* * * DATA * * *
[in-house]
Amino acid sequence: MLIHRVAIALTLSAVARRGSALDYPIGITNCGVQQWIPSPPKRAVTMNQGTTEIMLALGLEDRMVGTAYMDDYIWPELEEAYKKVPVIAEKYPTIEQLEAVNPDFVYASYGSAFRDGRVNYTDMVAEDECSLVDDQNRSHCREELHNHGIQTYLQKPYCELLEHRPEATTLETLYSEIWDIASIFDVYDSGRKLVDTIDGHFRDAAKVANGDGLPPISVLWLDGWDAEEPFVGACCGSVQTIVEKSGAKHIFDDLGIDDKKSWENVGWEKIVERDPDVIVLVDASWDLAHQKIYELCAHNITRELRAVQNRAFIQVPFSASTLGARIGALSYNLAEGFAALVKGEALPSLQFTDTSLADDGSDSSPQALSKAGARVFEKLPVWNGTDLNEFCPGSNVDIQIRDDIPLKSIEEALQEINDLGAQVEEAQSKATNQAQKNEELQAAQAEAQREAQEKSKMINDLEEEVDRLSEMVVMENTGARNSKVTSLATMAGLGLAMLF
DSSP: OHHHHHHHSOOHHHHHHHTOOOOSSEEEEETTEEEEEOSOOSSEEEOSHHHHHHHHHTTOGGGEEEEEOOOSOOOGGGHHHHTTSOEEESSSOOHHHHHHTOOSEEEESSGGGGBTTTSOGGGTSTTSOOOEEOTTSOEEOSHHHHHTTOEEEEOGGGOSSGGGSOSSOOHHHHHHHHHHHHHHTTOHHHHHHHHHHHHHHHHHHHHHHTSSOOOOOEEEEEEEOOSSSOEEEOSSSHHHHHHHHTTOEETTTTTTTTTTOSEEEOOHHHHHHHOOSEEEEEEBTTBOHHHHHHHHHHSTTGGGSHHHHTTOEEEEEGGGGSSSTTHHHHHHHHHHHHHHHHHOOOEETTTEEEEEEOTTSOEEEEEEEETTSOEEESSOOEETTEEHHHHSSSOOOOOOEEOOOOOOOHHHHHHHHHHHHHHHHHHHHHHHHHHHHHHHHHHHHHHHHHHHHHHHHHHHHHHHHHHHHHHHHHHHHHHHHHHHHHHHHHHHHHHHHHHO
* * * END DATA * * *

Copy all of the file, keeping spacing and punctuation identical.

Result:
[in-house]
Amino acid sequence: MLIHRVAIALTLSAVARRGSALDYPIGITNCGVQQWIPSPPKRAVTMNQGTTEIMLALGLEDRMVGTAYMDDYIWPELEEAYKKVPVIAEKYPTIEQLEAVNPDFVYASYGSAFRDGRVNYTDMVAEDECSLVDDQNRSHCREELHNHGIQTYLQKPYCELLEHRPEATTLETLYSEIWDIASIFDVYDSGRKLVDTIDGHFRDAAKVANGDGLPPISVLWLDGWDAEEPFVGACCGSVQTIVEKSGAKHIFDDLGIDDKKSWENVGWEKIVERDPDVIVLVDASWDLAHQKIYELCAHNITRELRAVQNRAFIQVPFSASTLGARIGALSYNLAEGFAALVKGEALPSLQFTDTSLADDGSDSSPQALSKAGARVFEKLPVWNGTDLNEFCPGSNVDIQIRDDIPLKSIEEALQEINDLGAQVEEAQSKATNQAQKNEELQAAQAEAQREAQEKSKMINDLEEEVDRLSEMVVMENTGARNSKVTSLATMAGLGLAMLF
DSSP: OHHHHHHHSOOHHHHHHHTOOOOSSEEEEETTEEEEEOSOOSSEEEOSHHHHHHHHHTTOGGGEEEEEOOOSOOOGGGHHHHTTSOEEESSSOOHHHHHHTOOSEEEESSGGGGBTTTSOGGGTSTTSOOOEEOTTSOEEOSHHHHHTTOEEEEOGGGOSSGGGSOSSOOHHHHHHHHHHHHHHTTOHHHHHHHHHHHHHHHHHHHHHHTSSOOOOOEEEEEEEOOSSSOEEEOSSSHHHHHHHHTTOEETTTTTTTTTTOSEEEOOHHHHHHHOOSEEEEEEBTTBOHHHHHHHHHHSTTGGGSHHHHTTOEEEEEGGGGSSSTTHHHHHHHHHHHHHHHHHOOOEETTTEEEEEEOTTSOEEEEEEEETTSOEEESSOOEETTEEHHHHSSSOOOOOOEEOOOOOOOHHHHHHHHHHHHHHHHHHHHHHHHHHHHHHHHHHHHHHHHHHHHHHHHHHHHHHHHHHHHHHHHHHHHHHHHHHHHHHHHHHHHHHHHHHO